Independent media needs you. Join the Tyee.


The Hook: Political news, freshly caught

BC Liberals gave to Chong and third party for recall fight

The BC Liberal Party spent almost $50,000 defending Science and Universities Minister Ida Chong against a recall petition in Oak Bay-Gordon Head, giving money to both Chong and a third-party advertiser.

The party gave Chong $27,430.50 of the $28,530.58 she spent defending herself, according to documents filed with Elections BC and released today. The bulk of that Chong spent on advertising and salaries.

But the party also gave a group called the Comox Valley Anti-Recall Campaign $20,000, just over half of which was spent on advertising. The form, signed by Kevin Tevington, lists a Courtenay address.

Also spending money to support Chong was the Independent Contractors and Businesses Association of B.C., which laid out $43,124 on advertising. Most of it was $36,960 described on the form as being for "polling, radio production/website."

The ICBA declared contributions from the B.C. Hotels Association, B.C. Maritime Employers Association and GML Mechanical.

The Tyee reported in November that the Montreal company Opinion Search conducted a phone survey that appeared designed to find out the likelihood of the campaign succeeding and to test what arguments might affect whether people will sign the recall petition. It was unclear who was the company's client.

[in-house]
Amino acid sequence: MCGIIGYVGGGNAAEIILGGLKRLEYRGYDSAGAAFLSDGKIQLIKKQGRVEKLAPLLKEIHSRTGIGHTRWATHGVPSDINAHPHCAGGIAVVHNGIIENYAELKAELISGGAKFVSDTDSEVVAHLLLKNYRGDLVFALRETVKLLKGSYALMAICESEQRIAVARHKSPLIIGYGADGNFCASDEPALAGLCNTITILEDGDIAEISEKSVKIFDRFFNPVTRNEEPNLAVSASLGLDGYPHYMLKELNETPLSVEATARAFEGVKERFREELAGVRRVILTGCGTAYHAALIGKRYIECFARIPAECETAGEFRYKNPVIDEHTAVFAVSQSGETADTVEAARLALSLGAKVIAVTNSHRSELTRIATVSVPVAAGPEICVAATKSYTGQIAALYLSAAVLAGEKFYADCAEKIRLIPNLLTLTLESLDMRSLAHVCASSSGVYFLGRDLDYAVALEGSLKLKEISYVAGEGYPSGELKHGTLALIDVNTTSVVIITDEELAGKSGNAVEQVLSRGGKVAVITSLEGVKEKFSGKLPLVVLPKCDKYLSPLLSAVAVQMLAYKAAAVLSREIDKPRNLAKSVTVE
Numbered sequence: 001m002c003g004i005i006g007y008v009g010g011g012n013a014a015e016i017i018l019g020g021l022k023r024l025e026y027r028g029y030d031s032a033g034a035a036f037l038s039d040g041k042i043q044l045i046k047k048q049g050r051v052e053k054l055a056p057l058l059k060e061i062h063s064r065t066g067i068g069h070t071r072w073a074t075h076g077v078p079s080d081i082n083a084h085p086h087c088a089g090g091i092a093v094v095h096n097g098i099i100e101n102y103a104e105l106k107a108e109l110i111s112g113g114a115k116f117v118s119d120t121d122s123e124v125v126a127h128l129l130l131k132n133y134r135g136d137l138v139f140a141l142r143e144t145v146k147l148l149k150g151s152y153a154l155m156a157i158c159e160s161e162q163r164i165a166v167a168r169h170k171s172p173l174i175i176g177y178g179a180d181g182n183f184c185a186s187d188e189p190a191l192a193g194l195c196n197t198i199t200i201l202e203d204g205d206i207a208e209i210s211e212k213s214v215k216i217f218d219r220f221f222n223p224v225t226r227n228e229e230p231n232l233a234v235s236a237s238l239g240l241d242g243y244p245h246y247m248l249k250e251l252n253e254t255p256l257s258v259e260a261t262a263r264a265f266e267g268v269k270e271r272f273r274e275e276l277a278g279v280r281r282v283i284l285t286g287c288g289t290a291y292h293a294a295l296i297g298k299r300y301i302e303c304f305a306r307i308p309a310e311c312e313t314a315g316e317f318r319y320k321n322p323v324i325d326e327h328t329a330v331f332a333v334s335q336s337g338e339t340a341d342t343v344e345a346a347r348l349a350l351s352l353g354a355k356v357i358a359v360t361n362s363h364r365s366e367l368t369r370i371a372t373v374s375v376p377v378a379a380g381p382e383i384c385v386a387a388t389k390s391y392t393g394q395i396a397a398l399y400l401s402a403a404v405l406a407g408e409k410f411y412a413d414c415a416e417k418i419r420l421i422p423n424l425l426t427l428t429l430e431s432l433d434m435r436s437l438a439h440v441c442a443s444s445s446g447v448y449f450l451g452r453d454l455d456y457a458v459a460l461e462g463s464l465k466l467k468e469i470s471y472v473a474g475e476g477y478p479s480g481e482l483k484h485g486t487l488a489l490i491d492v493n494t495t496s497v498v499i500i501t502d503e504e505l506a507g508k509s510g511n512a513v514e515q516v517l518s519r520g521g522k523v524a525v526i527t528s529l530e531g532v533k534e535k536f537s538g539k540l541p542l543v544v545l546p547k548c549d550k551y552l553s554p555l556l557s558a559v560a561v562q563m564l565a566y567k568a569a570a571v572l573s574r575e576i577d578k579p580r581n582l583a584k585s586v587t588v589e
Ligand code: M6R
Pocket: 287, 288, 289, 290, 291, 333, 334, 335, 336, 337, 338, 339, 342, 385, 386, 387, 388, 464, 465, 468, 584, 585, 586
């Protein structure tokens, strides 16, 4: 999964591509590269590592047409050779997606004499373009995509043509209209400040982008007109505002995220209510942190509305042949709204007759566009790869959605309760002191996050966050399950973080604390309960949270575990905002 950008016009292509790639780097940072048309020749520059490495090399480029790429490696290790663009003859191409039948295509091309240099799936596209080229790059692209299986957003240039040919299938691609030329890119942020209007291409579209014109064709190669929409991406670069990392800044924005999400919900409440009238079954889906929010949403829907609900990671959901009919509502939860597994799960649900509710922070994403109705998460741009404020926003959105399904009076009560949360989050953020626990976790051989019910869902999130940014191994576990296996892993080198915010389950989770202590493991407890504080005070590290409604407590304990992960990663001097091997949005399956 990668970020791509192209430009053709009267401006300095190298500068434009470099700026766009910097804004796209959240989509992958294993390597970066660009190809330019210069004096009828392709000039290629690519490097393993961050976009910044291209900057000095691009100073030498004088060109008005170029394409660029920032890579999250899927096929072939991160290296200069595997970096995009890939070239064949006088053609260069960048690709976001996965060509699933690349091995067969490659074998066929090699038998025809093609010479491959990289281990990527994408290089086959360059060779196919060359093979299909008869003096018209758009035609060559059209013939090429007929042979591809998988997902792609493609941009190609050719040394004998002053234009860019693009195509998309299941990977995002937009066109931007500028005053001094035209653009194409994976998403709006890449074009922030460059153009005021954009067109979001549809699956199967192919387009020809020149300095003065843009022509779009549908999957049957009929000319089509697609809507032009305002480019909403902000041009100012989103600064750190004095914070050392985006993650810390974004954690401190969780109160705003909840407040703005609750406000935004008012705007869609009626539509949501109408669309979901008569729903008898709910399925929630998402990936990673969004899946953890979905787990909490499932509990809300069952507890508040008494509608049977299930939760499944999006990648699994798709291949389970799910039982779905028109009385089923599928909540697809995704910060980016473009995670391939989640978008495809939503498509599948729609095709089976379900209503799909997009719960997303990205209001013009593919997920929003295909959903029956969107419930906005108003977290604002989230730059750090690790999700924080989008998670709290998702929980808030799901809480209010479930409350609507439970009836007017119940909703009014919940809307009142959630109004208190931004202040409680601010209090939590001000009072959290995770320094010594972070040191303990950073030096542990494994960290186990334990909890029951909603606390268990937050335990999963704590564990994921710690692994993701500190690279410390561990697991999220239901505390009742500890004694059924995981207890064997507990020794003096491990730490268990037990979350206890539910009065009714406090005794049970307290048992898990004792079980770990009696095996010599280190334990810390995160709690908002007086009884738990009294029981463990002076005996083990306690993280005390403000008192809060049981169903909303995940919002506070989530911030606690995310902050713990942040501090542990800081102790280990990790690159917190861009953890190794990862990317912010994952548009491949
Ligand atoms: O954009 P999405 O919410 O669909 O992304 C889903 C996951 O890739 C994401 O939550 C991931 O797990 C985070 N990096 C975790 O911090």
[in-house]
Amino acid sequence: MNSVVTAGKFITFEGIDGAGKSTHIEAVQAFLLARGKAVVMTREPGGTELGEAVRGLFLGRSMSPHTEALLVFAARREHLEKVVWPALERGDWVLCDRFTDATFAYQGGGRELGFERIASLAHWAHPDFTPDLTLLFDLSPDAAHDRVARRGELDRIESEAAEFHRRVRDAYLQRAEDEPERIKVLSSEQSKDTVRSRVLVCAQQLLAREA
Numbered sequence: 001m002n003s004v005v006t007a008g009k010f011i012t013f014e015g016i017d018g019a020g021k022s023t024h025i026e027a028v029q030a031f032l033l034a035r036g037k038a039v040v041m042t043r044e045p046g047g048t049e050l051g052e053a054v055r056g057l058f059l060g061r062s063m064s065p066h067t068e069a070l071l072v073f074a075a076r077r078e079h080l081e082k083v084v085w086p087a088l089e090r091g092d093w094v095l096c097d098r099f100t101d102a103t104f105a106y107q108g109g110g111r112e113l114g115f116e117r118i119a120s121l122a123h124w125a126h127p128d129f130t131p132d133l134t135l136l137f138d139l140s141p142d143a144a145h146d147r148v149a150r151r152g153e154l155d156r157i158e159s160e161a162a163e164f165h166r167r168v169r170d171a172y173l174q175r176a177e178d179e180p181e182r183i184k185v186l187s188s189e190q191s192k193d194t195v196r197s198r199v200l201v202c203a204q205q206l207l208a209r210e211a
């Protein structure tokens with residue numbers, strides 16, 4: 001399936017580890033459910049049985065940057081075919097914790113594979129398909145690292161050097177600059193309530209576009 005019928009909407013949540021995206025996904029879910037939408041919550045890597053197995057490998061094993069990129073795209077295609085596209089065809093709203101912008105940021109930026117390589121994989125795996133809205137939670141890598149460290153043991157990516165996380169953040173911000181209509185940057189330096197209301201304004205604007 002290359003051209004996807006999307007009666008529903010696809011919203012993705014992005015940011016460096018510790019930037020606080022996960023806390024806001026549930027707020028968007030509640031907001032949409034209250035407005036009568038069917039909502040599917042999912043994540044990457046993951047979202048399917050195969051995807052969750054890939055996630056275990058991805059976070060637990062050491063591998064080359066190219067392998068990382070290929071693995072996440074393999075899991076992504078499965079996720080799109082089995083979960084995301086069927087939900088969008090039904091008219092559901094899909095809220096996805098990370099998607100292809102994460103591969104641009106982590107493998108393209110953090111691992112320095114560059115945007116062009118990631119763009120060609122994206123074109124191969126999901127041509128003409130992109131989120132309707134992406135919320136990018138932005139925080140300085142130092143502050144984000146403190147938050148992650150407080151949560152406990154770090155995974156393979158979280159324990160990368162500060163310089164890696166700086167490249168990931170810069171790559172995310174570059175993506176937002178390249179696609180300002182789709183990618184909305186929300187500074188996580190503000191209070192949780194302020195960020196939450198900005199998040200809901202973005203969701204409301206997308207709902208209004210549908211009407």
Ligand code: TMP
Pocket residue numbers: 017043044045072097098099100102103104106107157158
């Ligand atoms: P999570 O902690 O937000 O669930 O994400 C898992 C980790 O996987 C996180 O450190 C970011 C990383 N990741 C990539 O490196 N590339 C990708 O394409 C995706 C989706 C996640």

On the other side, the group Fight HST registered as an advertiser but declared spending under $500.

Fight HST did, however, make a $4,000 contribution to Michael Hayes, who acted as the proponent for the recall.

Hayes claimed total spending of $32,253.73. Besides Fight HST, other contributions came from the Ambulance Paramedics of B.C., the Victoria Labour Council, Colin Nielsen, John Thompson, a company belonging to Chris and Niels Nohr, Al Gustafson, Sandra Menzies, Lydia Baron and Hayes himself.

In total, Chong and third party advertisers supporting her spent over $80,000, while those organizing and promoting the recall spent $32,000.

The recall attempt, which ended in February, gathered just over half the 15,368 signatures it would have needed to be successful.

Update, 1:20 p.m.: Chong and the recall proponent each had a spending limit of $35,938.72, while there was no limit for advertising sponsors. The Times Colonist's Rob Shaw points out the reports include money for anti-recall advertising in the Comox Valley: "MLA Don McRae mistakenly broke Elections B.C. rules by running attack ads before the recall campaign against him began. Elections B.C. ruled the Comox advertisements were so general they could apply to voters in Oak Bay."

Andrew MacLeod is The Tyee’s Legislative Bureau Chief in Victoria. Reach him here.

Find more in:

What have we missed? What do you think? We want to know. Comment below. Keep in mind:


  • Verify facts, debunk rumours
  • Add context and background
  • Spot typos and logical fallacies
  • Highlight reporting blind spots
  • Ignore trolls
  • Treat all with respect and curiosity
  • Connect with each other

Do not:

  • Use sexist, classist, racist or homophobic language
  • Libel or defame
  • Bully or troll
  • Troll patrol. Instead, flag suspect activity.
comments powered by Disqus